Minnesota Zoo’s Amur tiger dies after cardiac failure
The Minnesota Zoo announced Thursday that during a routine medical examination on Wednesday, its 12-year-old Amur tiger experienced cardiac failure and died.
The tiger was born in the Czech Republic in 2009 and given the name Putin, then lived at the Denmark Zoo for six years before arriving in Minnesota.
At the time of cardiac failure, the tiger was undergoing a preventative health exam, which included sample collection, according to a news release from the zoo.
According to the zoo, specimen collection is important due to the globally-threatened nature of the Amur tiger — there are approximately 103 Amur tigers in North American AZA-accredited zoos and there are believed to be fewer than 500 animals surviving in the wild.
Despite the emergency efforts of veterinarians, animal health technicians and zookeepers, the tiger did not survive, according to the zoo.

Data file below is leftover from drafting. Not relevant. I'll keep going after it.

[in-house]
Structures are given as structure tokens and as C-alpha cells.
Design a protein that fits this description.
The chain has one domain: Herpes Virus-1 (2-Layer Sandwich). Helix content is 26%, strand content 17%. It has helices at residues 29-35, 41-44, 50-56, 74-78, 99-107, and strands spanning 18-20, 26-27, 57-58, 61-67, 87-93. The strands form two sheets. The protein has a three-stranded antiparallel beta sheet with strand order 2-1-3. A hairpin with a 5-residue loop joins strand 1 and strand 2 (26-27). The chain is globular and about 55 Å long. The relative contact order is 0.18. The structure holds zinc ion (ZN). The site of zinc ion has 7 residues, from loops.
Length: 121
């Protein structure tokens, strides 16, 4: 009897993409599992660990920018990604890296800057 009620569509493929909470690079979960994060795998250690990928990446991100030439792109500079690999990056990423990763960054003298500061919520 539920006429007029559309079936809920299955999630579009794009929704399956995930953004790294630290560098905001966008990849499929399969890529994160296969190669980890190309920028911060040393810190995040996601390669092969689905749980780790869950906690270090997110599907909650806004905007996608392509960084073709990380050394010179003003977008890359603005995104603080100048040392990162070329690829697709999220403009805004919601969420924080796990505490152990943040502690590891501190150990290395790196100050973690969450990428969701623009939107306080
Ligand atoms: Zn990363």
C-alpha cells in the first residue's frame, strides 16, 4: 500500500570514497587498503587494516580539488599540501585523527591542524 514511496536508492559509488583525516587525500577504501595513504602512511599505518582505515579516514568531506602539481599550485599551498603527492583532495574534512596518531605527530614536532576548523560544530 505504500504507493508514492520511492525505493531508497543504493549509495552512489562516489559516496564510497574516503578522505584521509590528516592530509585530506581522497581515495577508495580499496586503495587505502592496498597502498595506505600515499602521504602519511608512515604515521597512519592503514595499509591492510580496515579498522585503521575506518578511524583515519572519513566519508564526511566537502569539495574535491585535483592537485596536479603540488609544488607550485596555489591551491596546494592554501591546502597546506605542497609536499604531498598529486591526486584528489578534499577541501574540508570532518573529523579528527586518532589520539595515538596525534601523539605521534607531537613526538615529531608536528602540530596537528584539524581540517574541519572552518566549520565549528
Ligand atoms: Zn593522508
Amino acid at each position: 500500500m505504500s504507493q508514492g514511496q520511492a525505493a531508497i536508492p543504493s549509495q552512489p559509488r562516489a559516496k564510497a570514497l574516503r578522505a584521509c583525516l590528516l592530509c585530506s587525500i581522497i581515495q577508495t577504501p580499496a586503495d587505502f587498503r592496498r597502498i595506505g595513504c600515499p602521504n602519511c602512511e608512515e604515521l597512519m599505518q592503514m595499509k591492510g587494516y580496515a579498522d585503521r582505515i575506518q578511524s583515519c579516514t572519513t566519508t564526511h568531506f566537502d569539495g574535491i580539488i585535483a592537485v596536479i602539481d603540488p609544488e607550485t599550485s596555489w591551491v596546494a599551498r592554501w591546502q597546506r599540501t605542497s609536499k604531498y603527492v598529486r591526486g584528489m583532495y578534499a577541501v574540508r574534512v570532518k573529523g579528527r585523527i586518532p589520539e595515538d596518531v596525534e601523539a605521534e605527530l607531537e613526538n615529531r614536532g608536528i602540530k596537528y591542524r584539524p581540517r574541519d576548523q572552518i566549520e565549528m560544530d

“This was a routine procedure that is a vital part of our care and conservation work for tigers,” Dr. Taylor Yaw — a veterinarian and the Minnesota Zoo’s chief of animal care, health and conservation — said in a statement. “We plan weeks ahead for these types of exams. All necessary precautions were taken, and the team did everything within their power to save this animal.”
Minnesota Zoo Director John Frawley went on to say, in a statement, “Today is an incredibly hard day for all of us at the Minnesota Zoo and we will be mourning for quite some time. Our zoo has played a key role in global tiger conservation throughout our history and we currently are co-leaders of the Tiger Conservation Campaign, which has raised millions of dollars for tiger conservation. While this loss is great, we can be proud of our efforts – past, present, and future – to advance tiger conservation worldwide.”